“A beguiling and beautifully written tale of first love and heartbreak.”
– Jennifer Weiner, #1 New York Times bestselling author
Debut author Elizabeth LaBan just so happens to be a close friend of bestselling author Jennifer Weiner, who served as a mentor while she was writing the book. Today, LaBan stops by the NOOK Blog to recount how valuable Weiner’s friendship has been—both personally and professionally.
I’m working on my first novel. I get a call from my agent saying there is interest, but the suggestion is to make a change to one of the big scenes. The first thing I do is call Jen. It’s snowing hard. She’s leaving soon to drive north through the storm to see her mom. But sure, she has an hour or so. We meet at a café, eat pancakes and bacon, and she listens while I talk through the scene, guiding me to the perfect idea.
Jen has been beyond supportive of my writing since it became clear that I was serious. But really, our writing talk is just one part of our friendship. The truth is, Jen and I have been friends since before there were kids or published books in either of our personal worlds. Well, that isn’t entirely true. I was just pregnant with my now-teenage daughter the first night Jen joined us for a review meal on Rittenhouse Square. My husband, who is the restaurant critic for The Philadelphia Inquirer, worked with Jen at the newspaper. I was completely intimidated – she was a hip, witty columnist at a big city paper and I was a staff reporter at a small daily in Delaware County. I expected to feel defensive, and I was ready to not like her. We’d get through the night and that would be that.
Right away she made jokes about how the hostess mispronounced her name, and it took her only a few minutes to guess I was pregnant. It might have been my subtle gagging when the garlicky appetizer arrived, but I was impressed! I liked her immediately. Shortly after, we started to have lunch together – just the two of us. My husband was a little jealous; after all, she had been his friend first. But he got over it. It was at one of those lunches that she told me she was writing a novel. A novel! And she was going to call it Good In Bed. I couldn’t imagine how anyone could write a novel. They seemed so long! I told her about how in college I majored in writing, but I chose poetry because I wasn’t a very good typist. She loved that. And she told me about a scene she was writing in which the pregnant Cannie eats a whole jar of mango chutney. Little did I know then that it would be the first of a hundred times we shared details about our books, her literary world centered on grown-up relationships and issues, mine now delving into the universe of prep schools and teens. But even so, we often acknowledge that our storytelling methods and readers are probably not that different, in the same way that we both devour books for adults and young adults.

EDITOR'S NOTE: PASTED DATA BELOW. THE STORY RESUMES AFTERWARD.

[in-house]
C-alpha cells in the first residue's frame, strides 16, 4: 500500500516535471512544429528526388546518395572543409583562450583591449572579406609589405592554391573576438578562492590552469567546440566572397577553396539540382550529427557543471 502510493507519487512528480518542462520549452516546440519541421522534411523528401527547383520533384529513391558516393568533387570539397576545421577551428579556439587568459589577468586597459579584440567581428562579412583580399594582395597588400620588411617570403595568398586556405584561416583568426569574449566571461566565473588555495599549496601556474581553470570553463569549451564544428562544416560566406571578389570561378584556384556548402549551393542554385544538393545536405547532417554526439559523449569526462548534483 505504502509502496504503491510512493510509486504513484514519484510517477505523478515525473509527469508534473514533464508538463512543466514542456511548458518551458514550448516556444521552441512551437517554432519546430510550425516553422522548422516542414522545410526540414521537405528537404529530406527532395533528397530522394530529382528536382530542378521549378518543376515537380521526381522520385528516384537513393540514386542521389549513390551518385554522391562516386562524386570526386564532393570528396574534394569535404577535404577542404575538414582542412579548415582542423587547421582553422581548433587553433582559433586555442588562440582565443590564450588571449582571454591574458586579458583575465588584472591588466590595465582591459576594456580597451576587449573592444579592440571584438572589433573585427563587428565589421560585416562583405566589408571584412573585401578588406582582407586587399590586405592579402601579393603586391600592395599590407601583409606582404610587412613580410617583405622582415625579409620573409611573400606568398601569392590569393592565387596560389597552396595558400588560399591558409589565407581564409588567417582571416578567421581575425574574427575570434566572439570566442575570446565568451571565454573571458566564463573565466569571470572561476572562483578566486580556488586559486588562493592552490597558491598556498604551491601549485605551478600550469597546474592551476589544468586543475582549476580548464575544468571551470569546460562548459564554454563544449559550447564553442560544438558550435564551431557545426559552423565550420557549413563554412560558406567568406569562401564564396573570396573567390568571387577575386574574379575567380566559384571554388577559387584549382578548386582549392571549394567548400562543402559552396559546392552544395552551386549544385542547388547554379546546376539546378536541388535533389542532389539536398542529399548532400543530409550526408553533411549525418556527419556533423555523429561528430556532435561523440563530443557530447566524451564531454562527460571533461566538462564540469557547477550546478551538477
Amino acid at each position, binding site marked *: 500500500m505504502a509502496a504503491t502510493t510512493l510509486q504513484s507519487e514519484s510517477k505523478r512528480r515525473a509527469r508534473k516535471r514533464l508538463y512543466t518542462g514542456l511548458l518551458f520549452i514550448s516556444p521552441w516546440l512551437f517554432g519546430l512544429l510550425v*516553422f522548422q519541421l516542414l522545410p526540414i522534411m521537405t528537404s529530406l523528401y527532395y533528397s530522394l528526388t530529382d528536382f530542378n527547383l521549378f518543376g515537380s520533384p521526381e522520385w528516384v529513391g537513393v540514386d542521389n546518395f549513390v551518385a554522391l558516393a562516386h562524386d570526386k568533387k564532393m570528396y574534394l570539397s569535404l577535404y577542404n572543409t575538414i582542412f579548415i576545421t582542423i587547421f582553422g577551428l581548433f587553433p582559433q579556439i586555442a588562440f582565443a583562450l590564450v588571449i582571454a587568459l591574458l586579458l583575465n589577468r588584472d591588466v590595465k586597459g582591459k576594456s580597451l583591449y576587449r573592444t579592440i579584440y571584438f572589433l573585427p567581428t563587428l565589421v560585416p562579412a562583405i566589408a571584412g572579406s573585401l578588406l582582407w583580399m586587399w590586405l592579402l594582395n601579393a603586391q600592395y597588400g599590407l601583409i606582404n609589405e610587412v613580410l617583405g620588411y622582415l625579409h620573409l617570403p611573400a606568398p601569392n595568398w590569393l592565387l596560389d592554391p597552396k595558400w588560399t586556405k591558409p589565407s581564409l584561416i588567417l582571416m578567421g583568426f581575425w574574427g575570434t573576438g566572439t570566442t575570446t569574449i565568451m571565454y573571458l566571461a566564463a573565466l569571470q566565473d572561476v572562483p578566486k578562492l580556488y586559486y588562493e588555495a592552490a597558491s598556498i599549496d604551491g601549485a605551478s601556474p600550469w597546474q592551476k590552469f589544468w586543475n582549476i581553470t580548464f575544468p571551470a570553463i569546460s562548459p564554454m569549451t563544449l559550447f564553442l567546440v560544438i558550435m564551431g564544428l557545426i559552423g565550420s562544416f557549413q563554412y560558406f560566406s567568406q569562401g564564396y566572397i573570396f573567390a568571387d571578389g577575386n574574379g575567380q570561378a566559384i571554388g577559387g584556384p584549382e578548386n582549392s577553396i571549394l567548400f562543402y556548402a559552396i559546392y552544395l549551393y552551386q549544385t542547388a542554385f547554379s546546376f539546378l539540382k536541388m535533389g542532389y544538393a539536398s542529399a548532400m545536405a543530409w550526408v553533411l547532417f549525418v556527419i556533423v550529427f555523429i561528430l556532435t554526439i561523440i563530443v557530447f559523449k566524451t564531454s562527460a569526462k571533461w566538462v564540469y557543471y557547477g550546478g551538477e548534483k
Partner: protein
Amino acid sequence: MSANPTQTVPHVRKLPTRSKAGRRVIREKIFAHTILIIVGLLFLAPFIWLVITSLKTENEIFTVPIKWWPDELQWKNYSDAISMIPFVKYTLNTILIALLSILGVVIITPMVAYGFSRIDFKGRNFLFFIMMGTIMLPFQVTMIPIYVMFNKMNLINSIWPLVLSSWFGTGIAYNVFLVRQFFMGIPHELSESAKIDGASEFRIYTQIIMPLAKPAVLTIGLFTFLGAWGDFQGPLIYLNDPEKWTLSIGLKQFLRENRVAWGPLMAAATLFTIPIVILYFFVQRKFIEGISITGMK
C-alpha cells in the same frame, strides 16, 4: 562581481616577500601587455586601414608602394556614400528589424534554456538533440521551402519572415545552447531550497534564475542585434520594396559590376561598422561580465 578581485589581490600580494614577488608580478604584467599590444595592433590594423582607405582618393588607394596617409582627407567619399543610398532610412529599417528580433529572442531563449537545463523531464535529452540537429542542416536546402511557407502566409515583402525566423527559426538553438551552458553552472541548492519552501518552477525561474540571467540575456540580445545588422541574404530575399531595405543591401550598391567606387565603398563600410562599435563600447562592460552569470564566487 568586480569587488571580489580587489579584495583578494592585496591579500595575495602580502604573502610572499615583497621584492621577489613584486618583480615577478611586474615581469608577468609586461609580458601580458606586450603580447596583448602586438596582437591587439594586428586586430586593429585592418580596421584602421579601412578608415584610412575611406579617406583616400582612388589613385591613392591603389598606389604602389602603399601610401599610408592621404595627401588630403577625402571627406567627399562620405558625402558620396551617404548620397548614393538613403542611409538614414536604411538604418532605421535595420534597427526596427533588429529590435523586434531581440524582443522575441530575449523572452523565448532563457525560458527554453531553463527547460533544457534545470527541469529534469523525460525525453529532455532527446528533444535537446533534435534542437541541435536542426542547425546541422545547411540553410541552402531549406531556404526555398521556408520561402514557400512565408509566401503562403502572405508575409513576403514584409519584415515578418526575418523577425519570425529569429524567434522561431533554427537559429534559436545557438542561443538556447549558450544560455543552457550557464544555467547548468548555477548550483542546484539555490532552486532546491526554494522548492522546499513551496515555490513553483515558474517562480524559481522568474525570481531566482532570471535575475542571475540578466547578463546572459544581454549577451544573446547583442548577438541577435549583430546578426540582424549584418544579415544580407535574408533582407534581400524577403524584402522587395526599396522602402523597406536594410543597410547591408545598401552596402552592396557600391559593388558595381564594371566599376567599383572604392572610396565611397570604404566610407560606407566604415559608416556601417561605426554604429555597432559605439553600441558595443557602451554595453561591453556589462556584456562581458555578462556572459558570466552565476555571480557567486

I’m so glad we became friends before I had any concrete aspirations to write a book. On the other hand, maybe Jen would have avoided me if she knew how much I was going to ask of her as the years unfolded. When I tell her that, she just laughs and brushes it off. But I can’t help think of all she’s given me – endless willingness to read what I’m writing and offer her amazing ideas, then now, with The Tragedy Paper, saying yes to every opportunity to help me. The truth is, I know she does it for me because our friendship is about so much more than that. It’s about seeing each other’s kids when they were days’ old and watching them grow up, it’s about sneaking off to great lunches, sharing holidays together, and wonderful summer days in Cape Cod.
Still, I want to make sure I’m giving her as much as she’s giving me. I find myself constantly asking her – do you need anything? Is there anything I can do for you? And the answer is usually no, she pretty much always has things covered. But I know I am giving her the one thing that is impossible to come by these days, a friend who knew and appreciated her before Good In Bed and the nine books that followed made her an international celebrity. That counts for a lot – and for her, I think, it is more than enough.
Tell me: Which famous author would you love to be friends with?
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